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We Build Alaska

Brad Keithley’s chart of the week: The Spring Revenue Forecast should restart the fiscal discussion

To this point in the session, the Legislature has been basing its supplemental FY22 and FY23 budget discussions on the oil price and other revenue projections contained in the Department of Revenue’s (DOR) Fall 2021 Revenue Sources Book (Fall21 RSB), published last December.

The tenor of those discussions is about to change – or at least it should – significantly.

By March 15, DOR likely will publish its revised and updated revenue projections in the form of the Spring 2022 Revenue Forecast (Spring RF). While in most years the Spring RF contains just a few tweaks here and there, because of the huge changes in oil markets in the intervening three months since the Fall21 RSB was published, this year’s Spring RF is likely to reflect significant changes in the state’s revenue outlook.

There are a number of ways to look at the likely changes. Let’s start with a basic one, focused on comparing the prices currently prevailing in the oil futures market as of yesterday’s (Thursday, March 3) close with those on which the Fall21 RSB is based. We have also included those reflected in last Spring’s (2021) RF for perspective.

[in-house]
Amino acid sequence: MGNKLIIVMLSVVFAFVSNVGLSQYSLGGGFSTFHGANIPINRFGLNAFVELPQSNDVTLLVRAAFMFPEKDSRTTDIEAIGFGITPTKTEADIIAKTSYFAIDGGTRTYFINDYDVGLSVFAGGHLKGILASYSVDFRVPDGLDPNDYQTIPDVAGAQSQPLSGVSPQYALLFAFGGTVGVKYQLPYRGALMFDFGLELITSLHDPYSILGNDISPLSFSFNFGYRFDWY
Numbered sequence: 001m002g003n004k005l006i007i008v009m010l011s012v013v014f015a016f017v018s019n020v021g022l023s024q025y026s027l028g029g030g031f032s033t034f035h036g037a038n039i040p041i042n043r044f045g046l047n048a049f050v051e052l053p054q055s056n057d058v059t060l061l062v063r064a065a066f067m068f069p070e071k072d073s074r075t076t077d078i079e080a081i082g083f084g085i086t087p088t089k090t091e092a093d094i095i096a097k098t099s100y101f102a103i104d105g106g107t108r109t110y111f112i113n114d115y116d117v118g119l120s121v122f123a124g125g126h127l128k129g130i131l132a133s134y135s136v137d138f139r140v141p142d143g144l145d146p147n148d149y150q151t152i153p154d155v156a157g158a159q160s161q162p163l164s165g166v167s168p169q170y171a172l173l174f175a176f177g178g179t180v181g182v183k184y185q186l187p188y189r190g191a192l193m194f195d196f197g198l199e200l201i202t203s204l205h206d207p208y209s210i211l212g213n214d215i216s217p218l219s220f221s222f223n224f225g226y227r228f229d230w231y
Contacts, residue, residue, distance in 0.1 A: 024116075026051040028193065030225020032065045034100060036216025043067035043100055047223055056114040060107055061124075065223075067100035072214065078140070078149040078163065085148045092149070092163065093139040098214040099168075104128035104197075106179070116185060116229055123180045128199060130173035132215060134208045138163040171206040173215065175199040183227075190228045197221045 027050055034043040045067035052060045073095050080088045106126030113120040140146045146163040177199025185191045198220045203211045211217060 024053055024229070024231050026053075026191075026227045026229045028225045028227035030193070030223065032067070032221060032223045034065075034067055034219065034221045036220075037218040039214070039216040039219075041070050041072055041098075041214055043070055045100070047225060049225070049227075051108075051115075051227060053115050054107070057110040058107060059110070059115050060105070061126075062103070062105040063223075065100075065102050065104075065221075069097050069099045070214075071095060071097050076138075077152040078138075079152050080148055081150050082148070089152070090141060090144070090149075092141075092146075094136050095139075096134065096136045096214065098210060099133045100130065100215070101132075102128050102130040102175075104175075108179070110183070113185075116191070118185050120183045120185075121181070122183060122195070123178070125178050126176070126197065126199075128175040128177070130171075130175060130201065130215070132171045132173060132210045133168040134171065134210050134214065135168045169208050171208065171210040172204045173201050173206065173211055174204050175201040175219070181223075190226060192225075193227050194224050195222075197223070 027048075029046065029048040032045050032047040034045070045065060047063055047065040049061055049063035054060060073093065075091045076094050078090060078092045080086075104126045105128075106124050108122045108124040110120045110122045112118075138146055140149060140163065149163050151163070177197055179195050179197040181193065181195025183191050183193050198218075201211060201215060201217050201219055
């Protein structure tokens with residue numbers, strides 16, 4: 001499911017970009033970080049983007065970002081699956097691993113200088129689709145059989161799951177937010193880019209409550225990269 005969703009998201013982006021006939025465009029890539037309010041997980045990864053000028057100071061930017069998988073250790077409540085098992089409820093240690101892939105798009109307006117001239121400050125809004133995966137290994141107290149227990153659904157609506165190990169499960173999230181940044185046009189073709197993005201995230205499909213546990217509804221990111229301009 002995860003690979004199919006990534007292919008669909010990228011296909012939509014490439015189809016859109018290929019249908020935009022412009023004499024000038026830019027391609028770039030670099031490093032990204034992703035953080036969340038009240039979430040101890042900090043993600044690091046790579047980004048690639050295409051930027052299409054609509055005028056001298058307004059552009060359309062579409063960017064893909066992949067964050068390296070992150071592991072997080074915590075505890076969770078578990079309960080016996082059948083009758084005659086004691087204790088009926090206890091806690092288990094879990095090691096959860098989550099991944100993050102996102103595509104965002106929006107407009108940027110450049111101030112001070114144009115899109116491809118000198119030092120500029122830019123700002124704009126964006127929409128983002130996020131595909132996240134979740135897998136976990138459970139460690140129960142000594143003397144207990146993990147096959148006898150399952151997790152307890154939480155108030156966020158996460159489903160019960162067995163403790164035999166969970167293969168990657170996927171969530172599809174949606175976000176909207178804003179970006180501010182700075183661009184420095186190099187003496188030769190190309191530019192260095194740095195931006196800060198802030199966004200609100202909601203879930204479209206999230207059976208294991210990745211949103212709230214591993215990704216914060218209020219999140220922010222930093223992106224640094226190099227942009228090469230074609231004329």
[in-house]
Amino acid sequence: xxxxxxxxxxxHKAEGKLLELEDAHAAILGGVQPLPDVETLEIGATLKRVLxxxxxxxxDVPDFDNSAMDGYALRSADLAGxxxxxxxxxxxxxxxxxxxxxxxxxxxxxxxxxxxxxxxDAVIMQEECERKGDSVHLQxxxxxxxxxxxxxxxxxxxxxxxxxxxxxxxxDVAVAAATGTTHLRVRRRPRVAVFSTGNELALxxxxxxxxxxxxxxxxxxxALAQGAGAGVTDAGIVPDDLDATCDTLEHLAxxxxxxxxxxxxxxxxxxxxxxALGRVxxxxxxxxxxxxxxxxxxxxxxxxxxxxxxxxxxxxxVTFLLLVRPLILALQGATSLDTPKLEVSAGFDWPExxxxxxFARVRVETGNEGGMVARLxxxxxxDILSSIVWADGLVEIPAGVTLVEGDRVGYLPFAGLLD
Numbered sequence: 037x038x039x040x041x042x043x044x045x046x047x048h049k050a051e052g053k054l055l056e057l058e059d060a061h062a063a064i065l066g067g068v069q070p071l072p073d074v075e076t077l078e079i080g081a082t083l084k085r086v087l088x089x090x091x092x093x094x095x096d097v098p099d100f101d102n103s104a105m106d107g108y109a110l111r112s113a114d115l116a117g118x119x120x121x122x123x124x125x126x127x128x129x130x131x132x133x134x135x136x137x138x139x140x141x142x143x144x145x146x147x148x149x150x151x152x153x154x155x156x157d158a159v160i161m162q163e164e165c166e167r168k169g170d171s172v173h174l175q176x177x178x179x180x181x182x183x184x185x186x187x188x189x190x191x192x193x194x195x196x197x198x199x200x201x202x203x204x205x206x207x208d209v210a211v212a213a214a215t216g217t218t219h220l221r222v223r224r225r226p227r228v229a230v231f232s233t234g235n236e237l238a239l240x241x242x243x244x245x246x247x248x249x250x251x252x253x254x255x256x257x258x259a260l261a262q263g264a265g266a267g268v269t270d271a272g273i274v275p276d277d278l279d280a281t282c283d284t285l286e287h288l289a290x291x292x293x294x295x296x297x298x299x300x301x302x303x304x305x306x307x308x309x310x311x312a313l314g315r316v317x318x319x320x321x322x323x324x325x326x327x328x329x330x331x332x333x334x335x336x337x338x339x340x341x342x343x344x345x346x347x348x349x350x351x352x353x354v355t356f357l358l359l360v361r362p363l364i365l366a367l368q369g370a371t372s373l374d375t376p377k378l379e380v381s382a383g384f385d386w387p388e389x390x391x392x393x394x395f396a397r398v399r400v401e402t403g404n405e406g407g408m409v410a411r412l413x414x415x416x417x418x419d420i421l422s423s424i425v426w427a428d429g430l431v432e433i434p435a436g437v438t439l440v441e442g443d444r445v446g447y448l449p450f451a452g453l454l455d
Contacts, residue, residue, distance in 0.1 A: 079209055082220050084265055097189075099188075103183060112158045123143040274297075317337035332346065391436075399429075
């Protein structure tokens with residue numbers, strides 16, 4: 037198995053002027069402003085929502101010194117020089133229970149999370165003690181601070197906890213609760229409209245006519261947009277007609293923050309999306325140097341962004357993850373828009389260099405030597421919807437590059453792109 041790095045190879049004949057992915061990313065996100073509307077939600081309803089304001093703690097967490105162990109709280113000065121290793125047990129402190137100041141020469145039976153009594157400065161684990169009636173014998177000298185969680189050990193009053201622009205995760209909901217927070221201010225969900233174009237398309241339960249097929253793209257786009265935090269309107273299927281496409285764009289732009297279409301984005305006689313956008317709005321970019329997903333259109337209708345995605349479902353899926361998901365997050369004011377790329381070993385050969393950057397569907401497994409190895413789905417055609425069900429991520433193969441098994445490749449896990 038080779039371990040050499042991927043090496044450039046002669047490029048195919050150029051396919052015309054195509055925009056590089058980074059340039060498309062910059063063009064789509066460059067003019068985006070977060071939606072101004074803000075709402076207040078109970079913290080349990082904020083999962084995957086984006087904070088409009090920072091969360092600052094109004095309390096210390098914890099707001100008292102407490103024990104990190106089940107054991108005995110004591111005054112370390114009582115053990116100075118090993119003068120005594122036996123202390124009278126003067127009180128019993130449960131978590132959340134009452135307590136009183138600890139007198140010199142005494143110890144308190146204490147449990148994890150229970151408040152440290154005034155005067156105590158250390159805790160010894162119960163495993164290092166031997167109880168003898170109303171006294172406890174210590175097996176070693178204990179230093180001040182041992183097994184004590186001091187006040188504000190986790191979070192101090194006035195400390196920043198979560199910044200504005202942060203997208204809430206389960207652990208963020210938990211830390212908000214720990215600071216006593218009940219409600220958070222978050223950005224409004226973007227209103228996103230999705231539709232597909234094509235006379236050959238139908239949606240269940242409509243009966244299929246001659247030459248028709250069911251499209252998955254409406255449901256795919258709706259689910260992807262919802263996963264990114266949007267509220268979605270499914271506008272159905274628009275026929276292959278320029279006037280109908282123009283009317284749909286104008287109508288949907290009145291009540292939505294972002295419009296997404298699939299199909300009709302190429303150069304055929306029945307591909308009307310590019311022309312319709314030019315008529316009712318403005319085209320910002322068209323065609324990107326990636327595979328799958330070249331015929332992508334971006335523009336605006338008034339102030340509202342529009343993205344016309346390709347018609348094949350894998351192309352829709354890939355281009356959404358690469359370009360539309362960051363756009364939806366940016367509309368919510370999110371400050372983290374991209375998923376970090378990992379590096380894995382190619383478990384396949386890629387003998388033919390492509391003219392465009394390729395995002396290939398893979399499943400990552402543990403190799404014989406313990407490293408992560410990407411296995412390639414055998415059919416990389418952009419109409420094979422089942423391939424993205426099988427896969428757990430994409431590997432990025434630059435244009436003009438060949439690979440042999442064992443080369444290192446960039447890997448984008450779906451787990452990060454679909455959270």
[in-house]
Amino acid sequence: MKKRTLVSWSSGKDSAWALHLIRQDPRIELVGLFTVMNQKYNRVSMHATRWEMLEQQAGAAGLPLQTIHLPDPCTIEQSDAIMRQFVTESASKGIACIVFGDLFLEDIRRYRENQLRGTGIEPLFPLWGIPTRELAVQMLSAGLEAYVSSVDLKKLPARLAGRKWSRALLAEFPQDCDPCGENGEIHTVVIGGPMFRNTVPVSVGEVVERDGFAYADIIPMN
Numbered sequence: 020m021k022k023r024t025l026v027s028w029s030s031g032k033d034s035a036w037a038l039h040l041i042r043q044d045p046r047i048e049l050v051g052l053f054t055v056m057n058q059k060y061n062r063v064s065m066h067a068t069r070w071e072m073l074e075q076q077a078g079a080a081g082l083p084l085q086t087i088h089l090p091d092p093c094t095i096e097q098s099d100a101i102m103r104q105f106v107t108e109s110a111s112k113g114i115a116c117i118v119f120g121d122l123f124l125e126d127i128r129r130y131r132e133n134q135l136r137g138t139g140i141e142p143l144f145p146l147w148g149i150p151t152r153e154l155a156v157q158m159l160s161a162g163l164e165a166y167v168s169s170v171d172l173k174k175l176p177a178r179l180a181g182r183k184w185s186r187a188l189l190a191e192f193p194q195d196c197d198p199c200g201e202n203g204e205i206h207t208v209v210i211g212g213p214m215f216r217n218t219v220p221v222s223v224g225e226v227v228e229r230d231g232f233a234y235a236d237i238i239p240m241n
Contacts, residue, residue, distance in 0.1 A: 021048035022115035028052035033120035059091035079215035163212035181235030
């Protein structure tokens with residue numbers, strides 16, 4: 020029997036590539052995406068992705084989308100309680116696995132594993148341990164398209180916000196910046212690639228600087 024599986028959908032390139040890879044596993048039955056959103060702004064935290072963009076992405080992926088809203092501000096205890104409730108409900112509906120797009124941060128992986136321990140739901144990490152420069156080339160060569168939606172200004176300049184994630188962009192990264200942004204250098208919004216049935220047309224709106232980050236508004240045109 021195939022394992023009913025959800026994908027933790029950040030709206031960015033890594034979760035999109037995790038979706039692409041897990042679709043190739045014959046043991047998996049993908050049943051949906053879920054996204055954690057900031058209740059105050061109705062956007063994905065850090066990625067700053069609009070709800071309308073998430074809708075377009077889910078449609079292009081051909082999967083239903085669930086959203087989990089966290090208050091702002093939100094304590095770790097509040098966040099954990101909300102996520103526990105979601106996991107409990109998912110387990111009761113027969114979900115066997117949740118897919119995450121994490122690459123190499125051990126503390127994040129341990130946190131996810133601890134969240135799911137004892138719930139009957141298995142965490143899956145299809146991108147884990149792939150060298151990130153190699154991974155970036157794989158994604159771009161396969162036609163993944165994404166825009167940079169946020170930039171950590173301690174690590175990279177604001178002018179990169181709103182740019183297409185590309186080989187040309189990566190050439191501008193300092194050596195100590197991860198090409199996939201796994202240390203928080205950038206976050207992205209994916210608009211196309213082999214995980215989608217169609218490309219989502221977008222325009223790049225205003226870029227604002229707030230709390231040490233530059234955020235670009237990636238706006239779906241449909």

As is clear, at least looking forward over the next five years the prices currently prevailing in the oil futures market are substantially higher than those projected in the Fall21 RSB.

Even the projection for the current fiscal year (FY22), which was nearly half way done when the Fall21 RSB was published, is substantially different. Based on the realized prices since plus those currently prevailing in the oil futures market for the four months remaining, the average FY22 price which likely will be reflected in the Spring RF is now somewhere in the range of $90/bbl, nearly 20% higher than the level projected in the Fall21 RSB.

And the average price for FY23 which likely will be reflected in the Spring RF is now somewhere in the range of $93, more than 30% higher than projected in the Fall21 RSB.

These higher prices, of course, translate into significantly higher state revenues. Using DOR’s Fall 2021 Price Sensitivity Analysis as a guide we regularly estimate each Friday the traditional revenues resulting from the then current prices prevailing in the oil futures market through the period covered by the Fall21 RSB. Here is our most recent estimate, again updated through yesterday’s market close.

As noted, based on the current prices prevailing in the oil futures market, projected traditional revenues for the current fiscal year (FY22, in black) are now more than 30% higher than projected in the Fall21 RSB (red), and, for FY23, now more than 60% higher than projected in the Fall21 RSB.

For those curious, the reason the percentage increase in the projected revenues for those years is even higher than the percentage increase in the related oil price is because of the progressivity built into Alaska’s oil production tax structure. As oil prices rise – particularly as they pass $85 – the state takes in an increasingly higher percentage of the revenue/barrel. Again using DOR’s Fall 2021 Price Sensitivity Analysis as a guide, we chart that effect here.